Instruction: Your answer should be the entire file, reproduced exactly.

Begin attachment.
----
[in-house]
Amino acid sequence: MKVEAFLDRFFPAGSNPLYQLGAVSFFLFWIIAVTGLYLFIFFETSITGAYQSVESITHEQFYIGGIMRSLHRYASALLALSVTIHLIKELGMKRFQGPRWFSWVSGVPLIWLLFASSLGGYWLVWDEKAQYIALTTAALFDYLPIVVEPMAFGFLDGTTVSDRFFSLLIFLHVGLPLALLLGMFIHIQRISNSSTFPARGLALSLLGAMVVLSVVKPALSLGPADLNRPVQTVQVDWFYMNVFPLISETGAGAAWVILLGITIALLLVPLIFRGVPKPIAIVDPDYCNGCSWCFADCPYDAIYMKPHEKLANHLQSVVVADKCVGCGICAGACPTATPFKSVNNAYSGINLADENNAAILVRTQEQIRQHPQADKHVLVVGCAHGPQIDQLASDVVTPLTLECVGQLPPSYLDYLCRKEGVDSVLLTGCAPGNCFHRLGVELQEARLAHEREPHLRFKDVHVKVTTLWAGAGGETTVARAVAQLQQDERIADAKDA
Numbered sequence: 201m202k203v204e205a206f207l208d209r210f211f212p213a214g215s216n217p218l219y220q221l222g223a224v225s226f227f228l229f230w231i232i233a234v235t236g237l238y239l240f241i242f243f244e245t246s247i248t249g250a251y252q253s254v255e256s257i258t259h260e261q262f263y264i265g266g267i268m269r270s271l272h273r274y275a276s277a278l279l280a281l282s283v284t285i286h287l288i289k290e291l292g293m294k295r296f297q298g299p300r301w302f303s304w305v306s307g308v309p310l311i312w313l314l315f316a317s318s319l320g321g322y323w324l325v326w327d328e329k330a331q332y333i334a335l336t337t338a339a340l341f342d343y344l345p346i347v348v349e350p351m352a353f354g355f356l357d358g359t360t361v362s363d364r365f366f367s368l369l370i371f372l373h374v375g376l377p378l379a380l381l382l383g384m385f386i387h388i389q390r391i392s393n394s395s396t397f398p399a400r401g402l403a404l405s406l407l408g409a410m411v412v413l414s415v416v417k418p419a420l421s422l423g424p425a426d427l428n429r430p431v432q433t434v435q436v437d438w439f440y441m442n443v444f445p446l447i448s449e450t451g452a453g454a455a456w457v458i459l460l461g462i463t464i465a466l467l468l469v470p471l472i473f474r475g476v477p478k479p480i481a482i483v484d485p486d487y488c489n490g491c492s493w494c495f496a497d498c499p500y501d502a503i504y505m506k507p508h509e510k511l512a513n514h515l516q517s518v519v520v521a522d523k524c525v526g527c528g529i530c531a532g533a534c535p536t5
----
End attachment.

[in-house]
Amino acid sequence: MKVEAFLDRFFPAGSNPLYQLGAVSFFLFWIIAVTGLYLFIFFETSITGAYQSVESITHEQFYIGGIMRSLHRYASALLALSVTIHLIKELGMKRFQGPRWFSWVSGVPLIWLLFASSLGGYWLVWDEKAQYIALTTAALFDYLPIVVEPMAFGFLDGTTVSDRFFSLLIFLHVGLPLALLLGMFIHIQRISNSSTFPARGLALSLLGAMVVLSVVKPALSLGPADLNRPVQTVQVDWFYMNVFPLISETGAGAAWVILLGITIALLLVPLIFRGVPKPIAIVDPDYCNGCSWCFADCPYDAIYMKPHEKLANHLQSVVVADKCVGCGICAGACPTATPFKSVNNAYSGINLADENNAAILVRTQEQIRQHPQADKHVLVVGCAHGPQIDQLASDVVTPLTLECVGQLPPSYLDYLCRKEGVDSVLLTGCAPGNCFHRLGVELQEARLAHEREPHLRFKDVHVKVTTLWAGAGGETTVARAVAQLQQDERIADAKDA
Numbered sequence: 201m202k203v204e205a206f207l208d209r210f211f212p213a214g215s216n217p218l219y220q221l222g223a224v225s226f227f228l229f230w231i232i233a234v235t236g237l238y239l240f241i242f243f244e245t246s247i248t249g250a251y252q253s254v255e256s257i258t259h260e261q262f263y264i265g266g267i268m269r270s271l272h273r274y275a276s277a278l279l280a281l282s283v284t285i286h287l288i289k290e291l292g293m294k295r296f297q298g299p300r301w302f303s304w305v306s307g308v309p310l311i312w313l314l315f316a317s318s319l320g321g322y323w324l325v326w327d328e329k330a331q332y333i334a335l336t337t338a339a340l341f342d343y344l345p346i347v348v349e350p351m352a353f354g355f356l357d358g359t360t361v362s363d364r365f366f367s368l369l370i371f372l373h374v375g376l377p378l379a380l381l382l383g384m385f386i387h388i389q390r391i392s393n394s395s396t397f398p399a400r401g402l403a404l405s406l407l408g409a410m411v412v413l414s415v416v417k418p419a420l421s422l423g424p425a426d427l428n429r430p431v432q433t434v435q436v437d438w439f440y441m442n443v444f445p446l447i448s449e450t451g452a453g454a455a456w457v458i459l460l461g462i463t464i465a466l467l468l469v470p471l472i473f474r475g476v477p478k479p480i481a482i483v484d485p486d487y488c489n490g491c492s493w494c495f496a497d498c499p500y501d502a503i504y505m506k507p508h509e510k511l512a513n514h515l516q517s518v519v520v521a522d523k524c525v526g527c528g529i530c531a532g533a534c535p536t5